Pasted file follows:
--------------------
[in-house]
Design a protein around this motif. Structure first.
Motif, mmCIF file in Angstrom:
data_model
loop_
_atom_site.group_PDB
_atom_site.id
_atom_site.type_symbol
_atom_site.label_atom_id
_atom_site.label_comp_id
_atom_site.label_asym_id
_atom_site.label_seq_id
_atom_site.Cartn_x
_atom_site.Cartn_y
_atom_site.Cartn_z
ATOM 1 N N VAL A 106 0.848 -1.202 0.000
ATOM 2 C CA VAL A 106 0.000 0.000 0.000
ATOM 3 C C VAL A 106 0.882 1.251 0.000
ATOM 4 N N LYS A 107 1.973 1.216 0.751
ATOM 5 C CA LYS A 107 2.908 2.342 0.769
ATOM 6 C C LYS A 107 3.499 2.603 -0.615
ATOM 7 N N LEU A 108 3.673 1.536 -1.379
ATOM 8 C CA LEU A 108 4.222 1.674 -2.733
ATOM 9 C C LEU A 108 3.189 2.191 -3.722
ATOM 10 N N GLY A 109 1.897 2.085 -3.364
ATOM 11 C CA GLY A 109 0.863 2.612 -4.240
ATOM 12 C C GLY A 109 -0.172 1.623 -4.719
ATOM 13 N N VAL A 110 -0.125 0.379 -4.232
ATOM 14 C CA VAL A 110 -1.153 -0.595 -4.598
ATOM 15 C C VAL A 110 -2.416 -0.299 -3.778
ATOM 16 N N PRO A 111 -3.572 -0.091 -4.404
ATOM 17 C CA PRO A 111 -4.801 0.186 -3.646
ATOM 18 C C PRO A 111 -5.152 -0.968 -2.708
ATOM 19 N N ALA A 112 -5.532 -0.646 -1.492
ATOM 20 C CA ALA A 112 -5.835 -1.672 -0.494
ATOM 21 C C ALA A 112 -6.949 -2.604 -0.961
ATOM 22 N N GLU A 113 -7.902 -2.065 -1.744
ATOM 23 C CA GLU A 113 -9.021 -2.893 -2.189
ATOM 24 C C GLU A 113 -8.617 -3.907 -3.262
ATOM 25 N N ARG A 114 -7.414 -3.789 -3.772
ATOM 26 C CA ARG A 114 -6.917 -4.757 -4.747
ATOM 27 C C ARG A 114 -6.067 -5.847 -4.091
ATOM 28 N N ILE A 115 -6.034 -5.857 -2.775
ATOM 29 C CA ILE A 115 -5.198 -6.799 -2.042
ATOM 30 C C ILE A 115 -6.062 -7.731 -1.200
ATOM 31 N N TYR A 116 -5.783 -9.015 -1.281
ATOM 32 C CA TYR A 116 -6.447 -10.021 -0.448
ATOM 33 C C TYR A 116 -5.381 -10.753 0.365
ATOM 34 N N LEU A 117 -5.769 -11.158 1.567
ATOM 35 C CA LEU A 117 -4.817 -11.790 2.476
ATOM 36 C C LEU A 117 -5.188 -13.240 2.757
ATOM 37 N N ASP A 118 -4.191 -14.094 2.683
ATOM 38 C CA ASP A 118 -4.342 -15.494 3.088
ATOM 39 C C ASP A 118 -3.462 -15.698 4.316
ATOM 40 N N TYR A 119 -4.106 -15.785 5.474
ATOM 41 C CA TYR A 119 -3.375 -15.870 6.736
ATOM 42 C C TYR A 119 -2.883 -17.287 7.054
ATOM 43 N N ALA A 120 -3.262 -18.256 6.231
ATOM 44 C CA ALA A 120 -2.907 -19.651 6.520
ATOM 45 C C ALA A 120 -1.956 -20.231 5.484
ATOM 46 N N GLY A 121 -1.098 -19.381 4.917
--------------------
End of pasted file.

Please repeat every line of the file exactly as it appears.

[in-house]
Design a protein around this motif. Structure first.
Motif, mmCIF file in Angstrom:
data_model
loop_
_atom_site.group_PDB
_atom_site.id
_atom_site.type_symbol
_atom_site.label_atom_id
_atom_site.label_comp_id
_atom_site.label_asym_id
_atom_site.label_seq_id
_atom_site.Cartn_x
_atom_site.Cartn_y
_atom_site.Cartn_z
ATOM 1 N N VAL A 106 0.848 -1.202 0.000
ATOM 2 C CA VAL A 106 0.000 0.000 0.000
ATOM 3 C C VAL A 106 0.882 1.251 0.000
ATOM 4 N N LYS A 107 1.973 1.216 0.751
ATOM 5 C CA LYS A 107 2.908 2.342 0.769
ATOM 6 C C LYS A 107 3.499 2.603 -0.615
ATOM 7 N N LEU A 108 3.673 1.536 -1.379
ATOM 8 C CA LEU A 108 4.222 1.674 -2.733
ATOM 9 C C LEU A 108 3.189 2.191 -3.722
ATOM 10 N N GLY A 109 1.897 2.085 -3.364
ATOM 11 C CA GLY A 109 0.863 2.612 -4.240
ATOM 12 C C GLY A 109 -0.172 1.623 -4.719
ATOM 13 N N VAL A 110 -0.125 0.379 -4.232
ATOM 14 C CA VAL A 110 -1.153 -0.595 -4.598
ATOM 15 C C VAL A 110 -2.416 -0.299 -3.778
ATOM 16 N N PRO A 111 -3.572 -0.091 -4.404
ATOM 17 C CA PRO A 111 -4.801 0.186 -3.646
ATOM 18 C C PRO A 111 -5.152 -0.968 -2.708
ATOM 19 N N ALA A 112 -5.532 -0.646 -1.492
ATOM 20 C CA ALA A 112 -5.835 -1.672 -0.494
ATOM 21 C C ALA A 112 -6.949 -2.604 -0.961
ATOM 22 N N GLU A 113 -7.902 -2.065 -1.744
ATOM 23 C CA GLU A 113 -9.021 -2.893 -2.189
ATOM 24 C C GLU A 113 -8.617 -3.907 -3.262
ATOM 25 N N ARG A 114 -7.414 -3.789 -3.772
ATOM 26 C CA ARG A 114 -6.917 -4.757 -4.747
ATOM 27 C C ARG A 114 -6.067 -5.847 -4.091
ATOM 28 N N ILE A 115 -6.034 -5.857 -2.775
ATOM 29 C CA ILE A 115 -5.198 -6.799 -2.042
ATOM 30 C C ILE A 115 -6.062 -7.731 -1.200
ATOM 31 N N TYR A 116 -5.783 -9.015 -1.281
ATOM 32 C CA TYR A 116 -6.447 -10.021 -0.448
ATOM 33 C C TYR A 116 -5.381 -10.753 0.365
ATOM 34 N N LEU A 117 -5.769 -11.158 1.567
ATOM 35 C CA LEU A 117 -4.817 -11.790 2.476
ATOM 36 C C LEU A 117 -5.188 -13.240 2.757
ATOM 37 N N ASP A 118 -4.191 -14.094 2.683
ATOM 38 C CA ASP A 118 -4.342 -15.494 3.088
ATOM 39 C C ASP A 118 -3.462 -15.698 4.316
ATOM 40 N N TYR A 119 -4.106 -15.785 5.474
ATOM 41 C CA TYR A 119 -3.375 -15.870 6.736
ATOM 42 C C TYR A 119 -2.883 -17.287 7.054
ATOM 43 N N ALA A 120 -3.262 -18.256 6.231
ATOM 44 C CA ALA A 120 -2.907 -19.651 6.520
ATOM 45 C C ALA A 120 -1.956 -20.231 5.484
ATOM 46 N N GLY A 121 -1.098 -19.381 4.917